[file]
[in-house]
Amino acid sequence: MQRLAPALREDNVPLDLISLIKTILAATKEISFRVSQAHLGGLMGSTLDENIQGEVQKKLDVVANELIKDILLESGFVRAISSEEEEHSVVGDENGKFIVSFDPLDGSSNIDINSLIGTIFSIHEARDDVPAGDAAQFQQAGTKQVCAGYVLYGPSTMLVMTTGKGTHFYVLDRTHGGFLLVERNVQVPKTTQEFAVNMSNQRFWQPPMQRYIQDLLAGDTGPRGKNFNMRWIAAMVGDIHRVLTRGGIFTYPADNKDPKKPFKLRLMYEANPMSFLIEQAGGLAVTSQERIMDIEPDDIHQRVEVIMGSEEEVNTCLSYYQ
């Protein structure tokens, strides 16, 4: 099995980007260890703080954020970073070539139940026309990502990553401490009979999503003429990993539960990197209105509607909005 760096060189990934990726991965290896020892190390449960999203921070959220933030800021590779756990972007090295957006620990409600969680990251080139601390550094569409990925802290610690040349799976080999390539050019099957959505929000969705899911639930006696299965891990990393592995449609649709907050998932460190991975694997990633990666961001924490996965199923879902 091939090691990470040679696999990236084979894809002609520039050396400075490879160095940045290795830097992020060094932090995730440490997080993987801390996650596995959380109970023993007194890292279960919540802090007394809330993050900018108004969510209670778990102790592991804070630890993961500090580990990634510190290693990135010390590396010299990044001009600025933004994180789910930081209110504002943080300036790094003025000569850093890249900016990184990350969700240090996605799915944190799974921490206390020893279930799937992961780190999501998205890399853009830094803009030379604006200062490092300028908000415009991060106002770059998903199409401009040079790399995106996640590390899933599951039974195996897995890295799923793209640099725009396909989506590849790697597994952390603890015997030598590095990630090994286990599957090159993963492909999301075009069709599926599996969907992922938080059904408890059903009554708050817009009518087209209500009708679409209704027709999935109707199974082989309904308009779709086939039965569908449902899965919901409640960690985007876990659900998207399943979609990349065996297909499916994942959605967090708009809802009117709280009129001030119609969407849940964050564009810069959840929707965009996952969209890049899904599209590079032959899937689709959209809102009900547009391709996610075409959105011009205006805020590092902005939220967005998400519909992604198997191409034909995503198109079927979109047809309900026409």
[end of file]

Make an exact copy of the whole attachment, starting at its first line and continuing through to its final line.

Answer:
[in-house]
Amino acid sequence: MQRLAPALREDNVPLDLISLIKTILAATKEISFRVSQAHLGGLMGSTLDENIQGEVQKKLDVVANELIKDILLESGFVRAISSEEEEHSVVGDENGKFIVSFDPLDGSSNIDINSLIGTIFSIHEARDDVPAGDAAQFQQAGTKQVCAGYVLYGPSTMLVMTTGKGTHFYVLDRTHGGFLLVERNVQVPKTTQEFAVNMSNQRFWQPPMQRYIQDLLAGDTGPRGKNFNMRWIAAMVGDIHRVLTRGGIFTYPADNKDPKKPFKLRLMYEANPMSFLIEQAGGLAVTSQERIMDIEPDDIHQRVEVIMGSEEEVNTCLSYYQ
């Protein structure tokens, strides 16, 4: 099995980007260890703080954020970073070539139940026309990502990553401490009979999503003429990993539960990197209105509607909005 760096060189990934990726991965290896020892190390449960999203921070959220933030800021590779756990972007090295957006620990409600969680990251080139601390550094569409990925802290610690040349799976080999390539050019099957959505929000969705899911639930006696299965891990990393592995449609649709907050998932460190991975694997990633990666961001924490996965199923879902 091939090691990470040679696999990236084979894809002609520039050396400075490879160095940045290795830097992020060094932090995730440490997080993987801390996650596995959380109970023993007194890292279960919540802090007394809330993050900018108004969510209670778990102790592991804070630890993961500090580990990634510190290693990135010390590396010299990044001009600025933004994180789910930081209110504002943080300036790094003025000569850093890249900016990184990350969700240090996605799915944190799974921490206390020893279930799937992961780190999501998205890399853009830094803009030379604006200062490092300028908000415009991060106002770059998903199409401009040079790399995106996640590390899933599951039974195996897995890295799923793209640099725009396909989506590849790697597994952390603890015997030598590095990630090994286990599957090159993963492909999301075009069709599926599996969907992922938080059904408890059903009554708050817009009518087209209500009708679409209704027709999935109707199974082989309904308009779709086939039965569908449902899965919901409640960690985007876990659900998207399943979609990349065996297909499916994942959605967090708009809802009117709280009129001030119609969407849940964050564009810069959840929707965009996952969209890049899904599209590079032959899937689709959209809102009900547009391709996610075409959105011009205006805020590092902005939220967005998400519909992604198997191409034909995503198109079927979109047809309900026409």